Our Methods

This summer, around 70 people with lived experiences of depression joined researchers for a citizen science project over Facebook. Together they co-created  a research question:

“Do people report all episodes of depression to their GP? And if not, why not?”.

[Read more about how they did that over on this blog post]

The group then discussed how best to approach this question and decided to divide the research into two areas:

  1. A data science project, carried out by PhD student, Melissa Lewins.
  2. A set of Focus group questions and an anonymous survey that would both be answered by members of the Facebook Group

Part 1: The data science project used UK Biobank; a research database that collects genetic and healthcare information from volunteers across the UK. Based on their answers to a Mental Health Questionnaire, Melissa identified 1,342 volunteers who were currently depressed and who had allowed researchers full access to their GP records. Will the same depression diagnosis show up in their GP records?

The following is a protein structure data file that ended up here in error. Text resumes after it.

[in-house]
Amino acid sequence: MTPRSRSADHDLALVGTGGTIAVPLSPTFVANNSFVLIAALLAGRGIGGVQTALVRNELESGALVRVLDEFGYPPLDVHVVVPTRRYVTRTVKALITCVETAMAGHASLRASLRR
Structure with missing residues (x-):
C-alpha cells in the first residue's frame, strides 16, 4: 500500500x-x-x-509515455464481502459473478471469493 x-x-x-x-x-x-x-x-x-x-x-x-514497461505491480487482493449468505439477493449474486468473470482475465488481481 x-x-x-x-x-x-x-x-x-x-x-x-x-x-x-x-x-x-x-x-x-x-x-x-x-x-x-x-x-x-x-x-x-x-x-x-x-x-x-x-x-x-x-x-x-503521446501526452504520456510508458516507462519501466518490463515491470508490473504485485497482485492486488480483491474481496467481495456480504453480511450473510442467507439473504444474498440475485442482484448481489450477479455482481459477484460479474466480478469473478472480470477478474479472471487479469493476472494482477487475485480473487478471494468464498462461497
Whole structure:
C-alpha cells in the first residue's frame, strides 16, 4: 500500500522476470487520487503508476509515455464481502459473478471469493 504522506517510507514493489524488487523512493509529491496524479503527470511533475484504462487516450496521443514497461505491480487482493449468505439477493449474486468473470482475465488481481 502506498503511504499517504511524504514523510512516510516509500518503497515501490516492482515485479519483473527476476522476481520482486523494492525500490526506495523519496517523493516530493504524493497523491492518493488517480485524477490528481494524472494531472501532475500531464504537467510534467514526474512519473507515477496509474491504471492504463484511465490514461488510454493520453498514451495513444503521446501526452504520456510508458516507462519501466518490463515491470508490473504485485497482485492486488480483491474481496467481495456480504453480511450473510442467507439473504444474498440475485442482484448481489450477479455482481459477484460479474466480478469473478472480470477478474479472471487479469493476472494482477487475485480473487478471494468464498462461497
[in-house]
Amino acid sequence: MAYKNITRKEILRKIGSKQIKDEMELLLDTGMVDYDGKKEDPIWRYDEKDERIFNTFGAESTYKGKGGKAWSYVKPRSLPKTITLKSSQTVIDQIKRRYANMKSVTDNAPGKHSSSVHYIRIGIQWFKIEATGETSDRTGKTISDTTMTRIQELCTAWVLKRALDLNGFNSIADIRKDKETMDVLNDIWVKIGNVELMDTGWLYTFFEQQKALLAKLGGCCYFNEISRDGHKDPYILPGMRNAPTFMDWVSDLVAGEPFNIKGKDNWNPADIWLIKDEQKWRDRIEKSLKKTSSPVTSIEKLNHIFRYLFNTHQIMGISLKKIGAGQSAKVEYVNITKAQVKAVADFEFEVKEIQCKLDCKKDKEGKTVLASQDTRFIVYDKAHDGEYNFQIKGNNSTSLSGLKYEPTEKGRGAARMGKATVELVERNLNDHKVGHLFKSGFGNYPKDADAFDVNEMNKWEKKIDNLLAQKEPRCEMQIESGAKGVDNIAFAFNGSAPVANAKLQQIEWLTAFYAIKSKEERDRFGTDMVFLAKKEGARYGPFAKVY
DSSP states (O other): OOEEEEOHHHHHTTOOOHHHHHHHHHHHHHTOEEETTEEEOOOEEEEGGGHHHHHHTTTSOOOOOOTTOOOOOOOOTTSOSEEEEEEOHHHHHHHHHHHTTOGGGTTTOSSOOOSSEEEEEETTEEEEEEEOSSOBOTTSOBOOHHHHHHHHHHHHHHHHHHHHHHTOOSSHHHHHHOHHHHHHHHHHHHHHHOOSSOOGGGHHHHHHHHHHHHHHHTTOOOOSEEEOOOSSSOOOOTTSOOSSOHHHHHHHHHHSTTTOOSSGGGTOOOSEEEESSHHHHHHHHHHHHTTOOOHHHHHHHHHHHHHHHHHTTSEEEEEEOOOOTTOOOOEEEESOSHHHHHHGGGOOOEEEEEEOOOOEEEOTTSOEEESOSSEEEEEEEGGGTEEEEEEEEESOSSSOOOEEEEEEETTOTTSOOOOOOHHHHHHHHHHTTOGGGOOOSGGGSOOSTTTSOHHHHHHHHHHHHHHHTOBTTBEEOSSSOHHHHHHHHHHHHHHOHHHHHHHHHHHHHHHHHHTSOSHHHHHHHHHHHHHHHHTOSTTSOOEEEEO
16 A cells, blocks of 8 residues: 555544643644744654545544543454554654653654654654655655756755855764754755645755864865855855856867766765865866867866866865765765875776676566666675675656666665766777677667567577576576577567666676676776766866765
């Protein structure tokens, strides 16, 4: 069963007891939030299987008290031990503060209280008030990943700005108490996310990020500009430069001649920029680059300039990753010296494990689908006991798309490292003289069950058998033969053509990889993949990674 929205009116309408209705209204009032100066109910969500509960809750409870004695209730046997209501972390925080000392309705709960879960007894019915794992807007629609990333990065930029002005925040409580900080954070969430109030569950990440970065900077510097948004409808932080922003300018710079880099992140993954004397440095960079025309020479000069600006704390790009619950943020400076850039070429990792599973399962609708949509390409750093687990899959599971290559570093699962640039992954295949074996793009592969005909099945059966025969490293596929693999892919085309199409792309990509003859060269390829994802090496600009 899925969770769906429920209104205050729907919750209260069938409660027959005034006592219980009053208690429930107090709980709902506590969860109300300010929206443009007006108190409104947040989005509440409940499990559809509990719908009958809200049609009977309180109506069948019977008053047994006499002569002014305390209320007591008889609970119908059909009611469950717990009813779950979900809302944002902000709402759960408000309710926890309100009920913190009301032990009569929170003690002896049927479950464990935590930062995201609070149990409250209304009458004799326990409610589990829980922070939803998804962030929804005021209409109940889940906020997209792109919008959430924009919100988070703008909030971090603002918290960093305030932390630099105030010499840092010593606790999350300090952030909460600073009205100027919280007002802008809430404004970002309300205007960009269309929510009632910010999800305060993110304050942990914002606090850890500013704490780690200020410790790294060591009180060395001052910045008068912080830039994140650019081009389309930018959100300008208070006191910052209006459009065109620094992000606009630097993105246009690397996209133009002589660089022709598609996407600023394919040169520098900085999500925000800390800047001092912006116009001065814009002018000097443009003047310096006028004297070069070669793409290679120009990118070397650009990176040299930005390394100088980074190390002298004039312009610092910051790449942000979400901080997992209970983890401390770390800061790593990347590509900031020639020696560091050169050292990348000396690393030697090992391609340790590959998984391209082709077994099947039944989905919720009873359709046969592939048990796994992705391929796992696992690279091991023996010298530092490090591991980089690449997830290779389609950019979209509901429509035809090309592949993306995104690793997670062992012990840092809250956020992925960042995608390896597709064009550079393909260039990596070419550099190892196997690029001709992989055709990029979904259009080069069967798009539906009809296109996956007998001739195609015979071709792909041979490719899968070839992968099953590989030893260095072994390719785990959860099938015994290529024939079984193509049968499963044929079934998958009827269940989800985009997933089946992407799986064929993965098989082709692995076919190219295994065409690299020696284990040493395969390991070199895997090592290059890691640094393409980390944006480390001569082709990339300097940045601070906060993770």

Part 2: Questions for the survey and focus group were developed by discussion in the project’s Facebook group. The focus groups had 10 participants across 4 separate discussion threads on Facebook. The survey was made available to all members of the Facebook group and collected 26 anonymous responses.

Our first look at the data from each of these sources backs up our suspicion that people don’t go to their GP every time they feel depressed,

Why not read our full results or view our infographics.

[This blog post was written by Sam Maccallum while on placement from the MSc in Science Communication and Public Engagement at The University of Edinburgh]


2 thoughts on “Our Methods”

  1. I took part in DD in my quest to research my own mental health and found a wealth of very knowledgeable ppl giving up their spare time to answer participants questions. So thank you all, researchers, admin staff and all who took part in the project.

  2. I was also intrigued by the method employed to collect the data, taking place online through a private dedicated Facebook page, with Q and A sessions with professional researchers as well as participant forums to gather views on what question, out of many (about 50) should be the overall winner

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